The transducer is modelled by a distribution of particle velocity source over the radiating surface Tr as... [Pg.736]

The physical situation of interest m a scattering problem is pictured in figure A3.11.3. We assume that the initial particle velocity v is comcident with the z axis and that the particle starts at z = -co, witli x = b = impact parameter, andy = 0. In this case, L = pvh. Subsequently, the particle moves in the v, z plane in a trajectory that might be as pictured in figure A3.11.4 (liere shown for a hard sphere potential). There is a point of closest approach, i.e., r = (iimer turning point for r motions) where... [Pg.994]

Time-of-flight experiments are used to measure particle velocities and particle mass per charge. The typical experiment... [Pg.1422]

The topological (or Berry) phase [9,11,78] has been discussed in previous sections. The physical picture for it is that when a periodic force, slowly (adiabatically) varying in time, is applied to the system then, upon a full periodic evolution, the phase of the wave function may have a part that is independent of the amplitude of the force. This part exists in addition to that part of the phase that depends on the amplitude of the force and that contributes to the usual, dynamic phase. We shall now discuss whether a relativistic electron can have a Berry phase when this is absent in the framework of the Schrddinger equation, and vice versa. (We restrict the present discussion to the nearly nonrelativistic limit, when particle velocities are much smaller than c.)... [Pg.166]

A number of simulation methods based on Equation (7.115) have been described. Thess differ in the assumptions that are made about the nature of frictional and random forces A common simplifying assumption is that the collision frequency 7 is independent o time and position. The random force R(f) is often assumed to be uncorrelated with th particle velocities, positions and the forces acting on them, and to obey a Gaussiar distribution with zero mean. The force F, is assumed to be constant over the time step o the integration. [Pg.405]

This method, because it involves minimizing the sum of squares of the deviations xi — p, is called the method of least squares. We have encountered the principle before in our discussion of the most probable velocity of an individual particle (atom or molecule), given a Gaussian distr ibution of particle velocities. It is ver y powerful, and we shall use it in a number of different settings to obtain the best approximation to a data set of scalars (arithmetic mean), the best approximation to a straight line, and the best approximation to parabolic and higher-order data sets of two or more dimensions. [Pg.61]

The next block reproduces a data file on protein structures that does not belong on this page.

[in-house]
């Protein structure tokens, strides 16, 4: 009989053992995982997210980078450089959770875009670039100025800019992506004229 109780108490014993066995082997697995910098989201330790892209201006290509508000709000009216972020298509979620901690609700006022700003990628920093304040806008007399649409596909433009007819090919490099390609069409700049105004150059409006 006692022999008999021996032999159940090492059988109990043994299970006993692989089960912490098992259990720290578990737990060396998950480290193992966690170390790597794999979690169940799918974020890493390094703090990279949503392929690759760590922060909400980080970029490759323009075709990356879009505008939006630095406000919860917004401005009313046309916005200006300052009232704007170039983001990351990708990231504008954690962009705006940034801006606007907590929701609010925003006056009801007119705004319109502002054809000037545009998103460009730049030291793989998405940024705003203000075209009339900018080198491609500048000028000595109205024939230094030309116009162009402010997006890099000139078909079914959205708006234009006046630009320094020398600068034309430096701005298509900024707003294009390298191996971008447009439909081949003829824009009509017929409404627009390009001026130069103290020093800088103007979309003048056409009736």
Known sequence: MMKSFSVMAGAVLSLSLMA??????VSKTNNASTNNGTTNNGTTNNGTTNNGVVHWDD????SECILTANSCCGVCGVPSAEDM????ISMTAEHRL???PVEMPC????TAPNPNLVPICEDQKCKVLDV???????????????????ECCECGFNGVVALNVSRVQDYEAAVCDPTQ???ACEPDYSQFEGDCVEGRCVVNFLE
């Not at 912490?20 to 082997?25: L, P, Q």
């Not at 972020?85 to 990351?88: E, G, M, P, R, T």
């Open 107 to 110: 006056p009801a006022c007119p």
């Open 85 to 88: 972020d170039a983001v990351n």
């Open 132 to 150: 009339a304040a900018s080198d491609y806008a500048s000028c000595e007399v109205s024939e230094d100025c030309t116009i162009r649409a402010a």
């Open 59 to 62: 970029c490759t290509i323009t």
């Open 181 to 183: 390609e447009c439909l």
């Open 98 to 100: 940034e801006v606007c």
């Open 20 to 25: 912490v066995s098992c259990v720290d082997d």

Why are fhese beams, or jefs, distinguished from effusive beams by fheir description as supersonic In some ways fhis description is rafher misleading, firsf because particles in an effusive beam may well be fravelling af supersonic velocities and, second, because fhe name implies fhaf somefhing special happens when fhe particle velocities become supersonic whereas fhis is nof fhe case. Whaf supersonic is meanf fo imply is fhaf fhe particles may have very high Mach numbers (of fhe order of f 00). The Mach number M is defined as... [Pg.395]

The primary characteristic frequency of an ordinary gas is the rate of coUision f = V/X = ttVnD, where V is the mean particle velocity, and V = [SkT for particles of mass m. Among the special frequencies associated with plasmas, the most notable is the plasma frequency ... [Pg.107]

Restraining a gaseous plasma from expanding and compressing is also a form of plasma modification. Two reasons for plasma confinement are maintenance of the plasma and exclusion of contaminants. Plasmas may be confined by surrounding material, eg, the technique of wall confinement (23). A second approach to confinement involves the use of magnetic fields. The third class of confinement schemes depends on the inertial tendency of ions and associated electrons to restrain a plasma explosion for a brief but usehil length of time, ie, forces active over finite times are required to produce outward particle velocities. This inertial confinement is usually, but not necessarily, preceded by inward plasma motion and compression. [Pg.110]

Response to Electric and Acoustic Fields. If the stabilization of a suspension is primarily due to electrostatic repulsion, measurement of the zeta potential, can detect whether there is adequate electrostatic repulsion to overcome polarizabiUty attraction. A common guideline is that the dispersion should be stable if > 30 mV. In electrophoresis the appHed electric field is held constant and particle velocity is monitored using a microscope and video camera. In the electrosonic ampHtude technique the electric field is pulsed, and the sudden motion of the charged particles relative to their counterion atmospheres generates an acoustic pulse which can be related to the charge on the particles and the concentration of ions in solution (18). [Pg.549]

The primary mechanisms responsible for most particle segregation problems are sifting, particle velocity, air entrainment, particle entrainment, and dynamic effects (14). [Pg.560]

Particle Velocity on a. Surfa.ce. Smaller particles, those that are more irregular in shape and/or those that have a higher surface roughness, typically have a higher frictional drag on a hopper or chute surface. [Pg.560]